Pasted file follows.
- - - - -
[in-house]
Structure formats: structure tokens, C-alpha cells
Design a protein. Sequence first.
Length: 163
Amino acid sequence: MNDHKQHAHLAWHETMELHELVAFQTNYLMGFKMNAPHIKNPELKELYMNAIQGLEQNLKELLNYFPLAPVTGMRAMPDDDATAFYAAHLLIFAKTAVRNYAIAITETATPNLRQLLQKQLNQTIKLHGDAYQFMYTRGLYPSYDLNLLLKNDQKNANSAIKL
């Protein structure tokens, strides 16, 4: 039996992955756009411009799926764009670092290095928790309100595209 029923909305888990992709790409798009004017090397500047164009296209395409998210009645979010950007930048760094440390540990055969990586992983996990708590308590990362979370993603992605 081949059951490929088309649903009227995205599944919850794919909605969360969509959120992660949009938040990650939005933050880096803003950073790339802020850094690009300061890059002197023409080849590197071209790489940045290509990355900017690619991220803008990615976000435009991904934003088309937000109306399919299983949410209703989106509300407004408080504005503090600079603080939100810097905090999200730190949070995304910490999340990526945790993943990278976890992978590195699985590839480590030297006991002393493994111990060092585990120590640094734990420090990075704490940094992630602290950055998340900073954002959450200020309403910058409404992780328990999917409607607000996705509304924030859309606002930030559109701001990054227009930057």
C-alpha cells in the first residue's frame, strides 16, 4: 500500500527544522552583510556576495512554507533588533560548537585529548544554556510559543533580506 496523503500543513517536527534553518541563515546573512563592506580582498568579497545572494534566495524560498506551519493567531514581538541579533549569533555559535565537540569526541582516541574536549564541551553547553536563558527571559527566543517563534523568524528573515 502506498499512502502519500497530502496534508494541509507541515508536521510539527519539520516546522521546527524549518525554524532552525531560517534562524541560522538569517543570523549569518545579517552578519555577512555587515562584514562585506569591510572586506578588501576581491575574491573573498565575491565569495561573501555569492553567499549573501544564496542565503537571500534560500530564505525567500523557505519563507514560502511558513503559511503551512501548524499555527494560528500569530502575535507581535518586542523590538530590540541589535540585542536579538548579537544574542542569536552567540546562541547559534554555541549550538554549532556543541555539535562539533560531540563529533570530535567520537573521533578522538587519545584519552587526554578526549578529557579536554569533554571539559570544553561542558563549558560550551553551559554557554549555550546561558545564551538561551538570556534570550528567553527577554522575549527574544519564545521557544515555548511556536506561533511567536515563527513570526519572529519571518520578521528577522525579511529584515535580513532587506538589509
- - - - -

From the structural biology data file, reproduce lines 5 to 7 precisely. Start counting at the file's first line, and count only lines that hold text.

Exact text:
Amino acid sequence: MNDHKQHAHLAWHETMELHELVAFQTNYLMGFKMNAPHIKNPELKELYMNAIQGLEQNLKELLNYFPLAPVTGMRAMPDDDATAFYAAHLLIFAKTAVRNYAIAITETATPNLRQLLQKQLNQTIKLHGDAYQFMYTRGLYPSYDLNLLLKNDQKNANSAIKL
């Protein structure tokens, strides 16, 4: 039996992955756009411009799926764009670092290095928790309100595209 029923909305888990992709790409798009004017090397500047164009296209395409998210009645979010950007930048760094440390540990055969990586992983996990708590308590990362979370993603992605 081949059951490929088309649903009227995205599944919850794919909605969360969509959120992660949009938040990650939005933050880096803003950073790339802020850094690009300061890059002197023409080849590197071209790489940045290509990355900017690619991220803008990615976000435009991904934003088309937000109306399919299983949410209703989106509300407004408080504005503090600079603080939100810097905090999200730190949070995304910490999340990526945790993943990278976890992978590195699985590839480590030297006991002393493994111990060092585990120590640094734990420090990075704490940094992630602290950055998340900073954002959450200020309403910058409404992780328990999917409607607000996705509304924030859309606002930030559109701001990054227009930057």
C-alpha cells in the first residue's frame, strides 16, 4: 500500500527544522552583510556576495512554507533588533560548537585529548544554556510559543533580506 496523503500543513517536527534553518541563515546573512563592506580582498568579497545572494534566495524560498506551519493567531514581538541579533549569533555559535565537540569526541582516541574536549564541551553547553536563558527571559527566543517563534523568524528573515 502506498499512502502519500497530502496534508494541509507541515508536521510539527519539520516546522521546527524549518525554524532552525531560517534562524541560522538569517543570523549569518545579517552578519555577512555587515562584514562585506569591510572586506578588501576581491575574491573573498565575491565569495561573501555569492553567499549573501544564496542565503537571500534560500530564505525567500523557505519563507514560502511558513503559511503551512501548524499555527494560528500569530502575535507581535518586542523590538530590540541589535540585542536579538548579537544574542542569536552567540546562541547559534554555541549550538554549532556543541555539535562539533560531540563529533570530535567520537573521533578522538587519545584519552587526554578526549578529557579536554569533554571539559570544553561542558563549558560550551553551559554557554549555550546561558545564551538561551538570556534570550528567553527577554522575549527574544519564545521557544515555548511556536506561533511567536515563527513570526519572529519571518520578521528577522525579511529584515535580513532587506538589509